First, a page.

Pain (How much pain you have is unrelated to the level of burn. The most serious burns can be painless.)
Shock (watch for pale and clammy skin, weakness, blue lips and fingernails, and a drop in alertness)
Red, white or charred skin
If you have burned your airways, you may have:
Burns on the head, face, neck, eyebrows, or nose hairs
Burned lips and mouth
Dark, black-stained mucus
Before giving first aid, it is important to determine what type of burn the person has. If you aren't sure, treat it as a major burn. Serious burns need immediate medical care. Call your local emergency number or 911.
If the skin is unbroken:
Run cool water over the area of the burn or soak it in a cool water bath (not ice water). Keep the area under water for at least 5 minutes. A clean, cold, wet towel will also help reduce pain.
Calm and reassure the person.
After flushing or soaking the burn, cover it with a dry, sterile bandage or clean dressing.
Protect the burn from pressure and friction.
Over-the-counter ibuprofen or acetaminophen can help relieve pain and swelling. Do NOT give aspirin to children under 12.
Once the skin has cooled, moisturizing lotion also can help.
Minor burns will usually heal without further treatment. Make sure the person is up to date on tetanus immunization.
If someone is on fire, tell the person to stop, drop, and roll. Then, follow these steps:
Wrap the person in thick material such as a wool or cotton coat, rug, or blanket. This helps put the flames out.
Pour water on the person.
Call 911 or your local emergency number.
Make sure that the person is no longer touching any burning or smoking materials.
Do NOT remove burned clothing that is stuck to the skin.
Make sure the person is breathing. If necessary, begin rescue breathing and CPR.
Cover the burn area with a dry sterile bandage (if available) or clean cloth. A sheet will do if the burned area is large. Do NOT apply any ointments. Avoid breaking burn blisters.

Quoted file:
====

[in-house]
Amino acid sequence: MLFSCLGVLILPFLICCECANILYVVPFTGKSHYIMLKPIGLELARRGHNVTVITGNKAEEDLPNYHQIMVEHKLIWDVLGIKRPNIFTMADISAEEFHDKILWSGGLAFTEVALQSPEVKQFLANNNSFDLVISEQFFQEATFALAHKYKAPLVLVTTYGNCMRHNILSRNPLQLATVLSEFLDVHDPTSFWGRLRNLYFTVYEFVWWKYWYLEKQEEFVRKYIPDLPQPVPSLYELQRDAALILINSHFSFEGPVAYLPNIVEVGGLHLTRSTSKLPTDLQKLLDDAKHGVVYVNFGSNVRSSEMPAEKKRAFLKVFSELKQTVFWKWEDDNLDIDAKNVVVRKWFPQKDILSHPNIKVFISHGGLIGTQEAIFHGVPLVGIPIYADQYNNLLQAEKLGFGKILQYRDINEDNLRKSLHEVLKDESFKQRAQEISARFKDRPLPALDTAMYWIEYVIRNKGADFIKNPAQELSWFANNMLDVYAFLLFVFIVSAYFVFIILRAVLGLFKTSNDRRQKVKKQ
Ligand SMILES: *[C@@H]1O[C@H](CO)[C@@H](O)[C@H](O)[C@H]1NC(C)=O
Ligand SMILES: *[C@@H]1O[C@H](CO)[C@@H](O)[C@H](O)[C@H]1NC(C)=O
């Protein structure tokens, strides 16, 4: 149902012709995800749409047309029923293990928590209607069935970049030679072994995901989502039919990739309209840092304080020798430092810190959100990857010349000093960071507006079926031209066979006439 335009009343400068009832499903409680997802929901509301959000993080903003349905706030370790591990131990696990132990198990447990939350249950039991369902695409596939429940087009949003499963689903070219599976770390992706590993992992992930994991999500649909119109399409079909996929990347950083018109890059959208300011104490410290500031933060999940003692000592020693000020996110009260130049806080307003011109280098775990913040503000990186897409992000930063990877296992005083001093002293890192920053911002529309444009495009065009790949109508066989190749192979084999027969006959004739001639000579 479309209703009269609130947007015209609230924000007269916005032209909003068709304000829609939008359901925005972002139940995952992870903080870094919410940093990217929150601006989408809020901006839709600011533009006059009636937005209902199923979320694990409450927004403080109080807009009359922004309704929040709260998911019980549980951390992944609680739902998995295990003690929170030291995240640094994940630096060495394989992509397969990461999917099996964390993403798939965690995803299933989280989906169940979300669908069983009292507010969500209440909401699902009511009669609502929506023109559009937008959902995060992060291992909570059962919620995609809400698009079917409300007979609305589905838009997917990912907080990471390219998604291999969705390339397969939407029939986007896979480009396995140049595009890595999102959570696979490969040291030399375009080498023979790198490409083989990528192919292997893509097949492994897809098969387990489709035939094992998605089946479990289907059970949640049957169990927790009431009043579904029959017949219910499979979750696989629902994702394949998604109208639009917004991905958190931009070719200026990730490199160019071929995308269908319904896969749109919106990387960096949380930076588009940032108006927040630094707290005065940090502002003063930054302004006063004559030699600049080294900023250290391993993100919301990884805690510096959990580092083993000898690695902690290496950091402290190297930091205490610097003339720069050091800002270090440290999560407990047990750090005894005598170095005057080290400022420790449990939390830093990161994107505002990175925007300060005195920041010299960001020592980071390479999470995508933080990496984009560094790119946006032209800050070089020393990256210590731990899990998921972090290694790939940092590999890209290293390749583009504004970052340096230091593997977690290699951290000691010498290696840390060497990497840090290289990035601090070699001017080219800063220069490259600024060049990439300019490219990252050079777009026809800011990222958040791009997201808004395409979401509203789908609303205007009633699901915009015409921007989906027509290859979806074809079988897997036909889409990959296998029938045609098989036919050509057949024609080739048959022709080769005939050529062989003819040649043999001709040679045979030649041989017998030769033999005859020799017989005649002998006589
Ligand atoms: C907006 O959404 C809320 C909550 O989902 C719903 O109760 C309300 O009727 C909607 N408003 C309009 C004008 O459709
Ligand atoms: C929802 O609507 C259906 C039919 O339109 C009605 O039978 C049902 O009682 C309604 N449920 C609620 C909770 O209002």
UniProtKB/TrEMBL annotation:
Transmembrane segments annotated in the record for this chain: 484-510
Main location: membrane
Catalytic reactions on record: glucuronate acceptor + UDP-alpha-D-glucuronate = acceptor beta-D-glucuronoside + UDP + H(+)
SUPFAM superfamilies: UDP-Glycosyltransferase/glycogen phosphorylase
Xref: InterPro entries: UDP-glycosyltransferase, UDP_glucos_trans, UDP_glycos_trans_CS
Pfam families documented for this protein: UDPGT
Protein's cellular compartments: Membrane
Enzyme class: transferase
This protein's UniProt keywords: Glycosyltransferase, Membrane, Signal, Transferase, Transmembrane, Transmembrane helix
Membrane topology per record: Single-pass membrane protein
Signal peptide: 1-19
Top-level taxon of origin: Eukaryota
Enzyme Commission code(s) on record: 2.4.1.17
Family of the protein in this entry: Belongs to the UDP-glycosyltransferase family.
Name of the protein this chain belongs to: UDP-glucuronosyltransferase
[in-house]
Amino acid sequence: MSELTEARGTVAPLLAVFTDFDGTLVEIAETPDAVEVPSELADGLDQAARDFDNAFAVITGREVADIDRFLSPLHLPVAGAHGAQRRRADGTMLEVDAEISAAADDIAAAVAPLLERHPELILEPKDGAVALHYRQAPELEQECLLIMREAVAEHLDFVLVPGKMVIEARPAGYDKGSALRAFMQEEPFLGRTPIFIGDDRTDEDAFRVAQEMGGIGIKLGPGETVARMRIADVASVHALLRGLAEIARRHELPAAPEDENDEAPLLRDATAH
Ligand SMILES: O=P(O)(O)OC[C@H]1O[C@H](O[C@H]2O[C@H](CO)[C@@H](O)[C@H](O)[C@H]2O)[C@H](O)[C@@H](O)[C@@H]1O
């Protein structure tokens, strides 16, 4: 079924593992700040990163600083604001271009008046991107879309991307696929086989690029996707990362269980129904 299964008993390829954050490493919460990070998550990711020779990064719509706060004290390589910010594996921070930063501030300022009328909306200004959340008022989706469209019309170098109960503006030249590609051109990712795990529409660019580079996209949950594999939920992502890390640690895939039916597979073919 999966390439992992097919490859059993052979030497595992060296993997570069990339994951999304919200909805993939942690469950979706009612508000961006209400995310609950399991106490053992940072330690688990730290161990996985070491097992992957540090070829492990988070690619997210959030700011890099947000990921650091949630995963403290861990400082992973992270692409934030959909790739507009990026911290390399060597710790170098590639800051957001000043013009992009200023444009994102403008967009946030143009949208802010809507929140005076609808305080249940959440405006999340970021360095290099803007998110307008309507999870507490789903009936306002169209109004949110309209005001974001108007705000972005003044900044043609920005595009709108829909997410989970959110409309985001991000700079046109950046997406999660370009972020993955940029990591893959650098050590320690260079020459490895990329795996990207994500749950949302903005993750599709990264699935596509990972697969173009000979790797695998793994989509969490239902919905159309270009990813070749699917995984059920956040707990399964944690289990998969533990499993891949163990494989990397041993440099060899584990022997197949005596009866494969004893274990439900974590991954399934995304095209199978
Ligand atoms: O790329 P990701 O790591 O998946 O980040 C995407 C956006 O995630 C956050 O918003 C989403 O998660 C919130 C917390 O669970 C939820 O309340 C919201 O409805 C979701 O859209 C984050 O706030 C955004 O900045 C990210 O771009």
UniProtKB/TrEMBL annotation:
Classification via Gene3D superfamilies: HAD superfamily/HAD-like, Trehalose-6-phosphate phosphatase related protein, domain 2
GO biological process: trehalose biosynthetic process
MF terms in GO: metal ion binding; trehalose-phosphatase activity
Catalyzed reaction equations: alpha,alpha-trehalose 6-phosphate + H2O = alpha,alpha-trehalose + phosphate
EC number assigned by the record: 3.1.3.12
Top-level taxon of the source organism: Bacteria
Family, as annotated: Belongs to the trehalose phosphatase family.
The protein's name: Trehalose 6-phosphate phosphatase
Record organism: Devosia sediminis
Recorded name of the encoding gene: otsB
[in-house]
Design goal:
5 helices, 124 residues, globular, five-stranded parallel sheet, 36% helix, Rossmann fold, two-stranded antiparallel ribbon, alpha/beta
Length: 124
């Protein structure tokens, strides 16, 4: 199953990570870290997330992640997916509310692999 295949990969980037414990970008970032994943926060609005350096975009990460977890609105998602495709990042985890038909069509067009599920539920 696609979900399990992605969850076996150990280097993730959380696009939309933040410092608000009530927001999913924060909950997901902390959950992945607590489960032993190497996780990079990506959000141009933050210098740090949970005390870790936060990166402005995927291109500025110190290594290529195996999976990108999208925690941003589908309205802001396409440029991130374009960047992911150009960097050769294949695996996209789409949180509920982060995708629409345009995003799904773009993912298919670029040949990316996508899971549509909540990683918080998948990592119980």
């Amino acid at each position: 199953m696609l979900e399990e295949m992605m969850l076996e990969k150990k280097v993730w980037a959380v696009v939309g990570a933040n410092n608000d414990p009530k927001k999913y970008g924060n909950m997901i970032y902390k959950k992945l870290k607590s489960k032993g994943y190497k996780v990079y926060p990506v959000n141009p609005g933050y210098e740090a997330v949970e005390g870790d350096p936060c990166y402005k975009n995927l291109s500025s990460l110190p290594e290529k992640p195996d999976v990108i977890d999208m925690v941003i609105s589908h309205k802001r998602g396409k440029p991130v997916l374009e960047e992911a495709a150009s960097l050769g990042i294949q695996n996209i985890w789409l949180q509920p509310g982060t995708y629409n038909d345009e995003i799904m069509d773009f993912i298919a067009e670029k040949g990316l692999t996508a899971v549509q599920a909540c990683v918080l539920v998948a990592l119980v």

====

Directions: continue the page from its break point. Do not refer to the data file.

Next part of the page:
If fingers or toes have been burned, separate them with dry, sterile, non-sticky bandage.
Raise the body part that is burned above the level of the heart.
Protect the burn area from pressure and friction.
You will also need to prevent shock. If the person does not have a head, neck, back or leg injury, follow these steps:
Lay the person flat
Raise the feet about 12 inches
Cover the person with a coat or blanket
Continue to monitor the person's pulse, rate of breathing, and blood pressure until medical help arrives.
Do NOT apply ointment, butter, ice, medications, cream, oil spray, or any household remedy to a severe burn.
Do NOT breathe, blow, or cough on the burn.
Do NOT disturb blistered or dead skin.
Do NOT remove clothing that is stuck to the skin.
Do NOT give the person anything by mouth, if there is a severe burn.
Do NOT place a severe burn in cold water. This can cause shock.
Do NOT place a pillow under the person's head if there is an airways burn. This can close the airways.
When to Contact a Medical Professional
Call 911 or your local emergency number if:
The burn is very large - about the size of your palm or larger
Gallagher JJ, Wolf SE, Herndon DN. Burns. In: Townsend CM Jr, Beauchamp RD, Evers BM, Mattox KL, eds. Sabiston Textbook of Surgery. 18th ed. Philadelphia, Pa: Saunders Elsevier; 2007:chap 22.
Bethel CA, Mazzeo AS. Burn care procedures. In: Roberts JR, Hedges JR, eds. Clinical Procedures in Emergency Medicine. 5th ed. Philadelphia, Pa: Saunders Elsevier; 2009:chap 38.
Holmes JH, Heimbach DM. Burns. In: Brunicardi FC, Andersen DK, Billiar TR, et al, eds. Schwartz’s Principles of Surgery. 9th ed. New York, NY: McGraw-Hill; 2010:chap 7.
Jacob L. Heller, MD, MHA, Emergency Medicine, Virginia Mason Medical Center, Seattle, Washington. Also reviewed by David Zieve, MD, MHA, Medical Director, A.D.A.M., Inc.